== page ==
As comprehensive immigration reform moves forward, the legislation must address the Social Security-related issues that are associated with it. While not an all-inclusive list, these are some provisions which the National Committee believes should be addressed:

Access to Social Security Benefits

Immigrants who are authorized to work under comprehensive immigration reform should have access to Social Security benefits under the same terms and conditions that apply to others who apply for benefits. There should be no limit placed on the consideration of an immigrant’s wages in determining benefit eligibility by excluding wages and other earnings that were received by an immigrant prior to the granting of lawful presence. This issue is especially important for older immigrants and the disabled, who might not qualify for benefits if the earnings they received prior to work authorization were to be excluded in determining eligibility for Social Security.

Mandatory Use of E-Verify

While the National Committee recognizes the need for a secure, reliable and accurate electronic method of verifying employees’ work authorization, we are concerned about mandating the use of E-Verify by all employers. Because of the program’s database error rates, weak worker protections, and significant employer abuse of the system, E-Verify needs to be strengthened before it can be used mandatorily by all employers. It should be noted, however, that E-Verify is principally a means of enforcing work authorization rules and is not directly related to the administration of Social Security. Therefore, we believe that the cost of such improvements should be borne by the general fund of the federal government rather than the Social Security trust funds.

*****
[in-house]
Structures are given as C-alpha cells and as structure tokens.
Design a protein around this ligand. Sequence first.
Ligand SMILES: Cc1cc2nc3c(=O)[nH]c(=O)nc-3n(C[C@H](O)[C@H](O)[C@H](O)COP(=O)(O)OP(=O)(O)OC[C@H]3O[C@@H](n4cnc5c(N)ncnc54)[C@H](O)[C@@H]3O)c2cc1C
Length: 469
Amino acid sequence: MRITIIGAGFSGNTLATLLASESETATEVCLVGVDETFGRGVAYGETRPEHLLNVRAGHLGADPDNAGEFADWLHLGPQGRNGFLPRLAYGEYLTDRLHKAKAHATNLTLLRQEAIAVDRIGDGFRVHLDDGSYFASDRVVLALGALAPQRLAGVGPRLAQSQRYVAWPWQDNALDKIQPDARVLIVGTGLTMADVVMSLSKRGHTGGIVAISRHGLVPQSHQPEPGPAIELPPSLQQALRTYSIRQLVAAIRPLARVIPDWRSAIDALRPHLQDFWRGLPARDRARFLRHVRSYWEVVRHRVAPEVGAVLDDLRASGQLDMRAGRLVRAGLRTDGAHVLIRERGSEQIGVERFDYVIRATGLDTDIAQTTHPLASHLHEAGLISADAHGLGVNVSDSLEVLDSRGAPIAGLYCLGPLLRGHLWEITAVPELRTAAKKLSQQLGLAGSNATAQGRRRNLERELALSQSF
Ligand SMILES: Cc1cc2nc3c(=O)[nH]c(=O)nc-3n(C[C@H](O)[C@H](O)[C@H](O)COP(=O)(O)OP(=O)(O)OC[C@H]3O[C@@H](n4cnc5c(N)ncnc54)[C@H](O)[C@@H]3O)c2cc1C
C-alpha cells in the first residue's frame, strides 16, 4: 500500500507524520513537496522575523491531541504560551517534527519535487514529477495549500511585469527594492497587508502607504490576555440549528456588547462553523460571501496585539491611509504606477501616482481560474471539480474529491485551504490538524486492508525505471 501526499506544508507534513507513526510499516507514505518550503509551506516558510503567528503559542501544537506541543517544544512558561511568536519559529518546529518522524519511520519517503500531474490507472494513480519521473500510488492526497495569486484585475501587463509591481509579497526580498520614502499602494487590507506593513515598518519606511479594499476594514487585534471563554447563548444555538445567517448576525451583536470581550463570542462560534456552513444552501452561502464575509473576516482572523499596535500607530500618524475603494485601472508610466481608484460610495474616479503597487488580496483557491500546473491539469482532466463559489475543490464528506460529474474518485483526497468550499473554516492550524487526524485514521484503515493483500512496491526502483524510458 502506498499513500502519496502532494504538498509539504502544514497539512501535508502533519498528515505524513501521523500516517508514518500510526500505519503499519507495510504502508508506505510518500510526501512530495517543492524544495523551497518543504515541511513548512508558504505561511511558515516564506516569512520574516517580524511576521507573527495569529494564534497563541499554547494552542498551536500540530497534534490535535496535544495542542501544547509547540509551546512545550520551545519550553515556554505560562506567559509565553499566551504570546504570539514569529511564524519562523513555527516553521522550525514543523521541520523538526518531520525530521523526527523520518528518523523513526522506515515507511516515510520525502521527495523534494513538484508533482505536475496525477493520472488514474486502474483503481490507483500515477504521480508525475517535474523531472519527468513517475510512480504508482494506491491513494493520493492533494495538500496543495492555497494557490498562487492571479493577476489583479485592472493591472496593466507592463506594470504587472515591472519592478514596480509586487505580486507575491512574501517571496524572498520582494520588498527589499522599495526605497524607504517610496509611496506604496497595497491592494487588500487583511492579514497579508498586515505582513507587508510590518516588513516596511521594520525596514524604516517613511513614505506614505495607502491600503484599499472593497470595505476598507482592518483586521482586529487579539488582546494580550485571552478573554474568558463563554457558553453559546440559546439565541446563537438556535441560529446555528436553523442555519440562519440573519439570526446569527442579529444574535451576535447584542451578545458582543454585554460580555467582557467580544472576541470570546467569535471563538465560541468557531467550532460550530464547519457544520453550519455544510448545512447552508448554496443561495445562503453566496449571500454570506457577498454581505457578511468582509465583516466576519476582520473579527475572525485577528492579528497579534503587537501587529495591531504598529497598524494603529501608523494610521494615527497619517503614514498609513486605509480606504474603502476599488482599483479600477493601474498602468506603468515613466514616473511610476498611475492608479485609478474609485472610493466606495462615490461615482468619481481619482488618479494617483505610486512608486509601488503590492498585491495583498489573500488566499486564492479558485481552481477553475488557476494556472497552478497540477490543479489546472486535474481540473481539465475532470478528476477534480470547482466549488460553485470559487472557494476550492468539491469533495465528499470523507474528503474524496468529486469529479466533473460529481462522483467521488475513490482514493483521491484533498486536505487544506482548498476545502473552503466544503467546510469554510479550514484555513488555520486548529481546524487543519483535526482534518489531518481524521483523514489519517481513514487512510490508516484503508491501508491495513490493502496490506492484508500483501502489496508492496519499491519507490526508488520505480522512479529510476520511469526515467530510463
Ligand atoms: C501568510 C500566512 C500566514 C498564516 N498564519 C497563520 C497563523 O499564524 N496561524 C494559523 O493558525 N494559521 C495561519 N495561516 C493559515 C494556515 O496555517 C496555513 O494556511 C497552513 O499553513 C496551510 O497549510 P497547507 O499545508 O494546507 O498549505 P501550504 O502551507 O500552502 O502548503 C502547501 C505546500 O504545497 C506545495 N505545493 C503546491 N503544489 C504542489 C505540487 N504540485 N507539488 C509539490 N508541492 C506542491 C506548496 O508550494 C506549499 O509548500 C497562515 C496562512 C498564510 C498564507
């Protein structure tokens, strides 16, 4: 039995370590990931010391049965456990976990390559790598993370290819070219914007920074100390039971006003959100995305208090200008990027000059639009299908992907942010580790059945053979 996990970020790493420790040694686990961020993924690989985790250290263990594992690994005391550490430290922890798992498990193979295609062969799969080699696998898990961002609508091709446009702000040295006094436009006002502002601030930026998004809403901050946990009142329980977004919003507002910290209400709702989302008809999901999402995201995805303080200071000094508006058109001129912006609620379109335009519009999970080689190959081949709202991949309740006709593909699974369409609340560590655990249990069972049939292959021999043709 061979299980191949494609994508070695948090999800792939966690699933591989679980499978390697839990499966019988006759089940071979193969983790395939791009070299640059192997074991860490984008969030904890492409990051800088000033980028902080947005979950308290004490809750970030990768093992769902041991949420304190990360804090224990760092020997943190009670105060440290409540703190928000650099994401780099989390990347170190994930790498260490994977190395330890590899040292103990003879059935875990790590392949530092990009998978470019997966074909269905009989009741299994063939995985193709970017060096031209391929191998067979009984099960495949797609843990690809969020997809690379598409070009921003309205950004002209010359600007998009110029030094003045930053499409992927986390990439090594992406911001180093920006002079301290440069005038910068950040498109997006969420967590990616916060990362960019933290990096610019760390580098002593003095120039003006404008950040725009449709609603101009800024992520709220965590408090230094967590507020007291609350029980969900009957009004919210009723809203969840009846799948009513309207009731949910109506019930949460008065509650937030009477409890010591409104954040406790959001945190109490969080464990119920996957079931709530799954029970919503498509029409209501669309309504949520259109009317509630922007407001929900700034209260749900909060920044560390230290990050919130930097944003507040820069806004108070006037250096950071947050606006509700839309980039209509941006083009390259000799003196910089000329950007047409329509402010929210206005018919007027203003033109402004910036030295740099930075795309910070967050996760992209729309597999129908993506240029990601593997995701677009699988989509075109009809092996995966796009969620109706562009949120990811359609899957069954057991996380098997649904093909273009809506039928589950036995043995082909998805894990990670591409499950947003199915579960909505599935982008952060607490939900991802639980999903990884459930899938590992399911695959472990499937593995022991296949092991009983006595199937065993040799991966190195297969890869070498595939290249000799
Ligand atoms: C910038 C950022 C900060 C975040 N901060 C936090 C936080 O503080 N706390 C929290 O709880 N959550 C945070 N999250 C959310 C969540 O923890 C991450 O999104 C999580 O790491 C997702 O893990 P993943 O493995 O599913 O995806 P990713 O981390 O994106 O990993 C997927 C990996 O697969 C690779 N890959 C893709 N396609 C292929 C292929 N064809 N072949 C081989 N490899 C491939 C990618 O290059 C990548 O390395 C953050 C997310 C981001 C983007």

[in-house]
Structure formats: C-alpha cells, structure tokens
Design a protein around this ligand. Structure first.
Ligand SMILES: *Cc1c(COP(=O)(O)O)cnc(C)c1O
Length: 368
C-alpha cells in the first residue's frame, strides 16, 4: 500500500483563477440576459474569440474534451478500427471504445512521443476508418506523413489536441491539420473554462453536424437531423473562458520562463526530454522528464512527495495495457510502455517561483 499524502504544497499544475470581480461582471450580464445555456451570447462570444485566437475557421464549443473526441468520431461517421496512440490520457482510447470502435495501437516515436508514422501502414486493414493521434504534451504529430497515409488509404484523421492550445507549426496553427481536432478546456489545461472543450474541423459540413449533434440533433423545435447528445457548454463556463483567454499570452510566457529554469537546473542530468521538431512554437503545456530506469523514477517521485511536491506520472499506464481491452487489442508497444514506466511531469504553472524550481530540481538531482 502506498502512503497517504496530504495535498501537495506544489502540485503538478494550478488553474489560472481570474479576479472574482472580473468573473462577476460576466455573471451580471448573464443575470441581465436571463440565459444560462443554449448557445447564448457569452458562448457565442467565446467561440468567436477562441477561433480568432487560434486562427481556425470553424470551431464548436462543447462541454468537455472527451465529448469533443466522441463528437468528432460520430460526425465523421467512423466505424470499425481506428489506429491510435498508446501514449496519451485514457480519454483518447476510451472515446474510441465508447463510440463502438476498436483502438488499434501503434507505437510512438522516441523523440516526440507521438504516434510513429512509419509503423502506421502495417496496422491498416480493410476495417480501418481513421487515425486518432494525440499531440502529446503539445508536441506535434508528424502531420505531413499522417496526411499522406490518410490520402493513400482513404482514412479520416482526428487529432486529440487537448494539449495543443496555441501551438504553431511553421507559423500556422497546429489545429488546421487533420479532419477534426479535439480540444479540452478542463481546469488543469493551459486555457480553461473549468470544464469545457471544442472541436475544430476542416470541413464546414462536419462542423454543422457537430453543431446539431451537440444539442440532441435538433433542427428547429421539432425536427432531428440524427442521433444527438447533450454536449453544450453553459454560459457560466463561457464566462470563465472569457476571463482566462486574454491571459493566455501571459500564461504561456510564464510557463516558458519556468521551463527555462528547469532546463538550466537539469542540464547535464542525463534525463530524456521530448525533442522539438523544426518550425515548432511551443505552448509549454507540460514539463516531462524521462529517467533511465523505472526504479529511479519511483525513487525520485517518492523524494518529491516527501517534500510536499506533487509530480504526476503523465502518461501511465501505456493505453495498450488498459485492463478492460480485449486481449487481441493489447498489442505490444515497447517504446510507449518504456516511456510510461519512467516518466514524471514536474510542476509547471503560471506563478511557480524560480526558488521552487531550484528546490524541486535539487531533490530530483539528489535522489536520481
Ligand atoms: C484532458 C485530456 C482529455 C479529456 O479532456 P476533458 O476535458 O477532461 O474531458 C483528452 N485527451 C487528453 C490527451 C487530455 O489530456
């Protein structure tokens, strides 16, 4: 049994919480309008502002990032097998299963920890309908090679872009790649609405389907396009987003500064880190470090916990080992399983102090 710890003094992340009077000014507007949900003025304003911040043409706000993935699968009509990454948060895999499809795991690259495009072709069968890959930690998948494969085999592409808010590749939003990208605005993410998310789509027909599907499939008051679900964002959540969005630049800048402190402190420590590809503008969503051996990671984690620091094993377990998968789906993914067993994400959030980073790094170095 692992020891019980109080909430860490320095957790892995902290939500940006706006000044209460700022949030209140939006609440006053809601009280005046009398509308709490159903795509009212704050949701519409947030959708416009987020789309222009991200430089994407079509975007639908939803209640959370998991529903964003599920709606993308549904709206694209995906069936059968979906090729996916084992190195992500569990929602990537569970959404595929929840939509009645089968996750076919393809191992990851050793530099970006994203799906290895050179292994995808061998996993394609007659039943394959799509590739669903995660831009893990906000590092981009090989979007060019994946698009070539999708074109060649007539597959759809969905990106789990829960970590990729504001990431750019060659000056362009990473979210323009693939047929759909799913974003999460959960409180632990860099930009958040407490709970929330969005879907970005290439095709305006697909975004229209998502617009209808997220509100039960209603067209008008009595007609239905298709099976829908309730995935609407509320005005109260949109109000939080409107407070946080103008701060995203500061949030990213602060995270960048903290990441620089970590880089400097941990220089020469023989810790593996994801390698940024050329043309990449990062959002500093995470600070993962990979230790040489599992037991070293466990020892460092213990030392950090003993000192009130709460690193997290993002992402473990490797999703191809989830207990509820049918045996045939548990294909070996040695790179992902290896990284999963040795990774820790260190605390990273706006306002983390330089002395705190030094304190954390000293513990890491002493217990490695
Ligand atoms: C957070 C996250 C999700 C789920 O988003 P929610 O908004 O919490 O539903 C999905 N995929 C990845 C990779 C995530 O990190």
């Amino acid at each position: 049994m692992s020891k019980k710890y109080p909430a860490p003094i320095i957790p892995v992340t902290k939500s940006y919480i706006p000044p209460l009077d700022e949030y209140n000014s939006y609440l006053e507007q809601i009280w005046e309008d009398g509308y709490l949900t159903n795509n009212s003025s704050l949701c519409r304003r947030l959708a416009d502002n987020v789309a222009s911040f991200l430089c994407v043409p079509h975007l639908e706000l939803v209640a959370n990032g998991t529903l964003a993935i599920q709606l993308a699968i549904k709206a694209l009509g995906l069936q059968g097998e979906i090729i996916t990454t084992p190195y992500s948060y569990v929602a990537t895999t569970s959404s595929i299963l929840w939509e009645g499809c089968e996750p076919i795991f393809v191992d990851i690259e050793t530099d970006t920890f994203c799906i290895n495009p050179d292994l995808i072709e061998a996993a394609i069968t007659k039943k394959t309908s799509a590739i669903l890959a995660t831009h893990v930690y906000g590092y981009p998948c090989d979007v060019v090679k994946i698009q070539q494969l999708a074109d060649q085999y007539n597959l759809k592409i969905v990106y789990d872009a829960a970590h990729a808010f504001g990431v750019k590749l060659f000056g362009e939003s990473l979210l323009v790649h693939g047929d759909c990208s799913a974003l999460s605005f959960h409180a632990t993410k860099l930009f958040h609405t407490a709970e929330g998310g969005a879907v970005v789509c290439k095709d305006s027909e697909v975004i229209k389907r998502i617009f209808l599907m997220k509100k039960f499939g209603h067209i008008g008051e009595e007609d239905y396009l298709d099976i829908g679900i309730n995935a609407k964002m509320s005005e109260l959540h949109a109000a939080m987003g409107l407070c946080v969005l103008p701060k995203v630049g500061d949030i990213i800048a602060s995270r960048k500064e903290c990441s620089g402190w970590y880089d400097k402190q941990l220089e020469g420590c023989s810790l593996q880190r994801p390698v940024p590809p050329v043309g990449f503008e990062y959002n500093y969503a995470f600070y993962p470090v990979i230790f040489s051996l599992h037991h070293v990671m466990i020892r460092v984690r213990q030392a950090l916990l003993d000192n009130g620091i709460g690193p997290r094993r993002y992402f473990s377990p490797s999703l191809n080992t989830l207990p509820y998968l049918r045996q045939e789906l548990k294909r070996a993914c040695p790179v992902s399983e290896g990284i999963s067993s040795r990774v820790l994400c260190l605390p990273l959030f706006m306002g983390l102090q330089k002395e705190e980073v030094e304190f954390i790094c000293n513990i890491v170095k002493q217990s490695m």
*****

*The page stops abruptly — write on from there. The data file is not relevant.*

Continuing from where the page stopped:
Federal Identification Documents for All Workers

Among proponents of comprehensive immigration reform, some would require the use of a universally-required work identification document while others propose a form of biometric identification in the identification document or the Social Security card. The establishment of such a system would be very costly, with estimates ranging to as much as $21 billion initially with annual costs of about $2 billion. These new costs appear to be more related to the enforcement of work authorization rules rather than the administration of Social Security and should be borne by the general fund of the treasury rather than by the Social Security trust funds.


The legalization of undocumented immigrant workers would affect both sides of the ledger in Social Security by bringing in more revenue from work-authorized immigrants and by paying more in benefits when they become eligible. However, prior research has shown increased immigration would not be a threat to Social Security’s long-term financial outlook. In fact, the net result will likely improve Social Security’s solvency by a modest amount. The National Committee to Preserve Social Security and Medicare believes immigration reform is not a threat to Social Security if done in a comprehensive and thoughtful way. We urge Congress and the President to work together to enact the kind of immigration reform the nation needs and wants while assuring that issues affecting Social Security and the interests of all seniors are appropriately addressed. The time has come to bring millions of workers who are currently employed in America’s shadow economy into the light.


1 “Do Illegal Immigrants Actually Hurt the U.S. Economy?” New York Times, February 12, 2013.
2 “The Budgetary Impact of Current and Proposed Border Security and Immigration Policies,” Statement of Paul R. Cullinan, Congressional Budget Office, before the Committee on the Budget, United States Senate, August 30, 2006.
3 Quoted in Paul N. Van de Water, “Immigration and Social Security,” Center on Budget and Policy Priorities, November 2008.
4 “Immigrant Diversity and Social Security: Recent Patterns and Future,” Urban Institute, 2011
5 Edward Alden, Council on Foreign Relations, “Immigration Reform Could Cost Social Security Billions,” Yahoo Finance, March 2013.
6 “Immigration Reform: Key Issues for Older Adults and People with Disabilities,” National Council on Aging, March 2013.
7 “Second Generation Americans: A Portrait of the Adult Children of Immigrants,” Pew Research Center, February 2013

Government Relations and Policy, April 2013